Sam Darnold Todd Bowles
ESNY Graphic, Getty Images

New York Jets HC Todd Bowles is a defensive-minded teacher whose conservative style is handicapping his squad during an aggressive NFL era.

Robby Sabo

There was only one way to combat the feisty, aggressive Jacksonville Jaguars defense. Attack, attack, and attack some more. Loosen it up early in order to dare dream about winning on first down via the rushing attack.

In Sunday’s embarrassing 33-12 defeat, Todd Bowles’s New York Jets, of course, didn’t opt for this strategy. In fact, they continued down the conservative path that is barely getting by offensively while hoping the defense can win the game.

It’s a severe issue hamstringing the franchise. Todd Bowles currently lives in the same decade he won a Super Bowl with the Washington Redskins while coaches like Doug Pederson are winning chips courtesy of aggression and a pair of iron-created balls. (Could you imagine Bowles opting for the Philly Special on fourth down?)


The Jags defense is nasty. It’s also well-known that they play one of the most aggressive single-high (safety) looks across the land. It’s basic football offense. When a defense is overly aggressive, stretching the field in the attempt to loosen it up is necessary. Then, and only then, can running the ball actually commence.

On Sunday, Jeremy Bates’s offense didn’t even attempt to stretch the field until they were forced to late in the second quarter.

The following is the exact play-call chart on Sunday. What we’re looking for here are standard five-to-seven-step drops that allow Darnold a chance to scan the entire field and attack downfield.

Drive No. 1

  • 1st-and-10: Singleback (1 RB, 2 TE, 2 WR), RB Screen left (Procedure penalty)
  • 1st-and-15: I-Formation (2 RB, 1 TE, 2 WR), Zone run (Stretch) to the left (Facemask penalty)
  • 1st-and-10: Singleback (1 RB, 2 TE, 2 WR), Bootleg right
  • 2nd-and-10: Singleback (1 RB, 2 TE, 2 WR), Zone run (Stretch) to the right
  • 3rd-and-10: Shot Gun-Empty (1 RB, 1 TE, 3 WR), Standard 5-to-7 step drop

Defensively, the Jags showcased a single-high look on all but the 3rd-and-10 play, meaning the Jets offense played right into the Jags hands.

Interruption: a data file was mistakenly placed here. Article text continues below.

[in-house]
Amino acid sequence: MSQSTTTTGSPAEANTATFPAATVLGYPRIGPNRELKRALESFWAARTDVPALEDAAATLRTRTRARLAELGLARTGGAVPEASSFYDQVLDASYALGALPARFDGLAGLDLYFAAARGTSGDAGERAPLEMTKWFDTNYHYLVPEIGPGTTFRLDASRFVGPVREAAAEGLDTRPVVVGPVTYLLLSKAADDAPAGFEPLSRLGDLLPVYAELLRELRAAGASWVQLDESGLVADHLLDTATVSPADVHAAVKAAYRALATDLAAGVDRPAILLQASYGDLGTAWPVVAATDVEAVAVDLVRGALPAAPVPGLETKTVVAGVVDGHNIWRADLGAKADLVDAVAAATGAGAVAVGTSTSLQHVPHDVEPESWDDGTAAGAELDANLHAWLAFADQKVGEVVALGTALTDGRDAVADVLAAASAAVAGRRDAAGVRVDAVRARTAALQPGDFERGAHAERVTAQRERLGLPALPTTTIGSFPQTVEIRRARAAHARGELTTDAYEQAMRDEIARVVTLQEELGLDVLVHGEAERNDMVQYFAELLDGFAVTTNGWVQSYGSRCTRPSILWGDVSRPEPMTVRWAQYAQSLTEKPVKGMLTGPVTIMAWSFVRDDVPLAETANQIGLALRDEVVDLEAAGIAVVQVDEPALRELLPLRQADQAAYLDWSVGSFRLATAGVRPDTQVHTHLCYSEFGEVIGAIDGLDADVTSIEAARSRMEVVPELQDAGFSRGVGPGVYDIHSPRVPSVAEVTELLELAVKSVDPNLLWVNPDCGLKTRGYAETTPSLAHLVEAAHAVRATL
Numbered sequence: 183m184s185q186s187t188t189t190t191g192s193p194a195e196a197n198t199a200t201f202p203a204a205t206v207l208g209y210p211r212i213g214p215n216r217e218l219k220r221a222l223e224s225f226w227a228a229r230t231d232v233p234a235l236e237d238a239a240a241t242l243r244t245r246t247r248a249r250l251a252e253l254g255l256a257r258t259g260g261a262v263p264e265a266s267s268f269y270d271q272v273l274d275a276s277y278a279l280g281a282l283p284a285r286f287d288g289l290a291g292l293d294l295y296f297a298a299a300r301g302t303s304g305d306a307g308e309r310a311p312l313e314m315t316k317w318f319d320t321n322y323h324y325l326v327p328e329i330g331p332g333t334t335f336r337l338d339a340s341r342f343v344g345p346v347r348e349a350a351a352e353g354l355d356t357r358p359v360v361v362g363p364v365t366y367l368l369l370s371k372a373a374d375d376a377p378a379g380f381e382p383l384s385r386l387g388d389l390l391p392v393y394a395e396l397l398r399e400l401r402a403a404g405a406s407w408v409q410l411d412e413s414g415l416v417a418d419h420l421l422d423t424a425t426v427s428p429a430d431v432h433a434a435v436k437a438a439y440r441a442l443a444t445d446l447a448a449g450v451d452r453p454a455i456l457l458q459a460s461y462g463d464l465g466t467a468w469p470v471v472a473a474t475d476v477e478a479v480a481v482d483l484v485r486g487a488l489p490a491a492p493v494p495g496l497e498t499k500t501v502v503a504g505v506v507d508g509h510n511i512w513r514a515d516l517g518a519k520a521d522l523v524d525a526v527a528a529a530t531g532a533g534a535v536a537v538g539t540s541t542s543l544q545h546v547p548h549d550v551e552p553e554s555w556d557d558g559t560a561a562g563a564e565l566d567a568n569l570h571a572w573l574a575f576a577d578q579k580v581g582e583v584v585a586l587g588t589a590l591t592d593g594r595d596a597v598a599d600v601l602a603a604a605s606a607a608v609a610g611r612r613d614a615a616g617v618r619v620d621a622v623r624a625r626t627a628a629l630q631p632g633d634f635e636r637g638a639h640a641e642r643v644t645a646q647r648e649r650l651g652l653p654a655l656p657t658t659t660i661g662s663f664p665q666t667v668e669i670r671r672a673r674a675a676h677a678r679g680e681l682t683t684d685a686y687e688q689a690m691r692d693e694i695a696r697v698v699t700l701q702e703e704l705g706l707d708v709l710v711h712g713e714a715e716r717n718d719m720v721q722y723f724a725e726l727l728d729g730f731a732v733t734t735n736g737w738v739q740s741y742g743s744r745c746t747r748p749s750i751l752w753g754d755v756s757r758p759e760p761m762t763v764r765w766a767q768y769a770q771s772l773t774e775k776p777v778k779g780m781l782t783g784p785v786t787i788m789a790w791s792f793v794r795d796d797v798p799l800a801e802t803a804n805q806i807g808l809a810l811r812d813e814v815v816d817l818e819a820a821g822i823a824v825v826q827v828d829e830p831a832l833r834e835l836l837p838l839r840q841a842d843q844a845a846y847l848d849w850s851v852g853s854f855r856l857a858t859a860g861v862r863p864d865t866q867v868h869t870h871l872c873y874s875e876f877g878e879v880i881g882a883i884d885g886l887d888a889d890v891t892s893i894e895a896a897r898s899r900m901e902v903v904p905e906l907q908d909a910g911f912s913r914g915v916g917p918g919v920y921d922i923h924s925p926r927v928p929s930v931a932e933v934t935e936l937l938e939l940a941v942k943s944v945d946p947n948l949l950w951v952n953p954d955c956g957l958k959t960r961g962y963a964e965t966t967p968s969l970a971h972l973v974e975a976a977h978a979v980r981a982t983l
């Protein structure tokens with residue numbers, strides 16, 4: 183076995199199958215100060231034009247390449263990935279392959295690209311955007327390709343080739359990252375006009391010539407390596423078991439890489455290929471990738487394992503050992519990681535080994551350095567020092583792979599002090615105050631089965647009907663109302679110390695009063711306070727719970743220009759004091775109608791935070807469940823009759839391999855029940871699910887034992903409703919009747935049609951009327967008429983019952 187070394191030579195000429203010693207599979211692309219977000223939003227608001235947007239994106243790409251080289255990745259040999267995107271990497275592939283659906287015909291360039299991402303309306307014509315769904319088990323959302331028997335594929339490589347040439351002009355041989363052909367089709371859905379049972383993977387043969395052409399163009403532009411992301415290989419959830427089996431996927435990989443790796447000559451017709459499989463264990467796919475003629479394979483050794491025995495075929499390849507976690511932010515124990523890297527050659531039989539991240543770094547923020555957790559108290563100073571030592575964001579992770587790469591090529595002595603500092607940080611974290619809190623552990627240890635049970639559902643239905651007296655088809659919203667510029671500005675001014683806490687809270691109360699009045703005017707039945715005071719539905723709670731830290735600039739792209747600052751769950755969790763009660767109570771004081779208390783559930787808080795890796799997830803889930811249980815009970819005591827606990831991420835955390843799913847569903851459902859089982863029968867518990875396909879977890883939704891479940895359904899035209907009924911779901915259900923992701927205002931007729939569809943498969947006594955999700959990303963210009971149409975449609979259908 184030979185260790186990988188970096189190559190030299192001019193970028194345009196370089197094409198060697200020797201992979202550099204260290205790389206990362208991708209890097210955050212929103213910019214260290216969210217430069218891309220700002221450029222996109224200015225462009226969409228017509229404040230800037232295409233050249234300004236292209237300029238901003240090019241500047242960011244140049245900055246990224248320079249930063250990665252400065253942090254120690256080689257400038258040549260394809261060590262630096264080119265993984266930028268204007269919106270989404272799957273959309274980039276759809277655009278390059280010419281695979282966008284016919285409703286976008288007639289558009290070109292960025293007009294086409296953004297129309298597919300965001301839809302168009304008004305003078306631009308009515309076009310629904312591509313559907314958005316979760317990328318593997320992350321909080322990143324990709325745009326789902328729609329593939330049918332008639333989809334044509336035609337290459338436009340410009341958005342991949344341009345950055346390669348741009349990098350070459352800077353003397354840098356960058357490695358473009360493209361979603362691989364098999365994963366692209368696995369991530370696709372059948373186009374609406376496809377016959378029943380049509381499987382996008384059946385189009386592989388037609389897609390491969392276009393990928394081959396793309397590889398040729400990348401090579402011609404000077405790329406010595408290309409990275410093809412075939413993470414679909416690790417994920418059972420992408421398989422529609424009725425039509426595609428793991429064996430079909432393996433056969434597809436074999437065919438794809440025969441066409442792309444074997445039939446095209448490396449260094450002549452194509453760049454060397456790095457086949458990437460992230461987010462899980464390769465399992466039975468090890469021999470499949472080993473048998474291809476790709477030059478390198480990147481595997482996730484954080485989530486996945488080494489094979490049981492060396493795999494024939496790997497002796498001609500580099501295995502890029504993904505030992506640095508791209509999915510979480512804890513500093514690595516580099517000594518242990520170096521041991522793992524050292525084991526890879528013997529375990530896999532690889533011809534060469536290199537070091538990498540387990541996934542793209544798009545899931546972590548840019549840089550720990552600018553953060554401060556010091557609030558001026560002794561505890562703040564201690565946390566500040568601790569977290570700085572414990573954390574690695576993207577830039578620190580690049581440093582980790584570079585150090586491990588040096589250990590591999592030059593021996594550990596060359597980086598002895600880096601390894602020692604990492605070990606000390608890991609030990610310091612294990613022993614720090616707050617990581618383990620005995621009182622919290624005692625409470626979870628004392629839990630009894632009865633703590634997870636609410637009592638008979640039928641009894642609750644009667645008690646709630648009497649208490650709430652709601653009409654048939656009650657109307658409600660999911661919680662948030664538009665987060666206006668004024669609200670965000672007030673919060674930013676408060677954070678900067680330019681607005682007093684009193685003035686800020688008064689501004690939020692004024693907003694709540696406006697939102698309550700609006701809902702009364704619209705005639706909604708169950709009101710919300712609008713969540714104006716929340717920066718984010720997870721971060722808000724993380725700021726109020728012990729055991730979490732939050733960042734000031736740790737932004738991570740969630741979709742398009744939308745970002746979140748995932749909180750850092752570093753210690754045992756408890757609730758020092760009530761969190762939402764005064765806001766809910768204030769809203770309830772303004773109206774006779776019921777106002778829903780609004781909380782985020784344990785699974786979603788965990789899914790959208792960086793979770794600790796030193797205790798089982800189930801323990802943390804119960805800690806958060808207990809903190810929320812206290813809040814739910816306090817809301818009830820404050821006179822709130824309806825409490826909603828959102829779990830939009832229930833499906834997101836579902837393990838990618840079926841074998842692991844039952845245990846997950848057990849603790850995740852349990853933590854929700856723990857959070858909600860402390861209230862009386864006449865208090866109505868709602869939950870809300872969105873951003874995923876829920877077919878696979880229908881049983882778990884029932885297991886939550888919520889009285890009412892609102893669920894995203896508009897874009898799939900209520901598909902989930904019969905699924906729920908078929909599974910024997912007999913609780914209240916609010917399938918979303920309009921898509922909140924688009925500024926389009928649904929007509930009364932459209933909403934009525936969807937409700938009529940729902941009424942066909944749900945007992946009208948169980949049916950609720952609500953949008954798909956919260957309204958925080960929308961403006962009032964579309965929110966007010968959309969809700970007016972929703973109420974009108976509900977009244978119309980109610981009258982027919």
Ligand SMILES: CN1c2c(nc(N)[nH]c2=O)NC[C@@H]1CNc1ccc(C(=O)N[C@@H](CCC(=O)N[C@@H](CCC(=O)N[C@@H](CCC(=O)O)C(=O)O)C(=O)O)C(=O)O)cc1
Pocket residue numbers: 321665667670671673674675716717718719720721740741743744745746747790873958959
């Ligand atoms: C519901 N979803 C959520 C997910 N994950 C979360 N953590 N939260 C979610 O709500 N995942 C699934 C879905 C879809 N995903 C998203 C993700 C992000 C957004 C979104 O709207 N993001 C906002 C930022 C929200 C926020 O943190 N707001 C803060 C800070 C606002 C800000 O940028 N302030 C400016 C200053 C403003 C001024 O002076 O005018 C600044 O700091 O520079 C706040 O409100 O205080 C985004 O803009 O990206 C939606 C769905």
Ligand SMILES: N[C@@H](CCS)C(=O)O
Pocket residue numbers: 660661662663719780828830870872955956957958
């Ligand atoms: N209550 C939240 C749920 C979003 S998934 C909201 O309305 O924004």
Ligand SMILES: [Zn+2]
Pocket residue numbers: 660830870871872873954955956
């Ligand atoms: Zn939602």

New York Jets

To not allow the young QB a chance to take advantage of one-on-one matchups on the outside on early downs is to put him in a terrible situation on 3rd-and-long. It’s insane to believe the Jets O-line is going to win on first and second down against the Jax front on early downs. Thus, it was critical that the Jets stretch the field early to loosen them up.

Of course, aggression is not what this team is all about and they didn’t even think about downfield until they were forced on 3rd-and-10.

Drive No. 2

The Jets took the ball for their second drive after the Jags marched the ball down the field for over eight-and-a-half minutes. Miraculously, they started the second drive on the right path with a quick three-step drop that gained positive yards.

  • 1st-and-10: Shot Gun-Empty (1 RB, 1 TE, 3 WR), 3-step drop

After a nice six-yard gain on first down, the following is a brilliant example of when the Jets really could have struck for a big chunk.

The Jags come out in an extremely aggressive single-high look with a terrific possibility of a run blitz. In addition, Darnold knows it’s zone due to the left-side corner staying left even though the Jets line up a slot to the other side. (With the linebacker lined up on the slot receiver, it’s an easy zone giveaway.)

New York Jets

To run the ball into this look is a huge opportunity missed for young Sam Darnold and the offense. It’s a Todd Bowles mentality basically saying this to the defense, “You know we’re going to run the ball and we’ll run the ball regardless to impose our will.”

That was a terrific coaching mindset in the 1980s and could possibly work now (if the talent is there), but Bowles doesn’t have the talent on the O-line to get that done especially in today’s NFL in which passing the ball is easier than it’s ever been.

  • 2nd-and-4: Singleback (1 RB, 2 TE, 2 WR), Zone run (Stretch) to the left

Again, on the following play, the Jets don’t attack where the defense is vulnerable. The Jags show another single-high. One-on-one situations are available with space for days, yet the Jets run the most conservative play there possibly is on a 3rd-and-6, a wide receiver screen.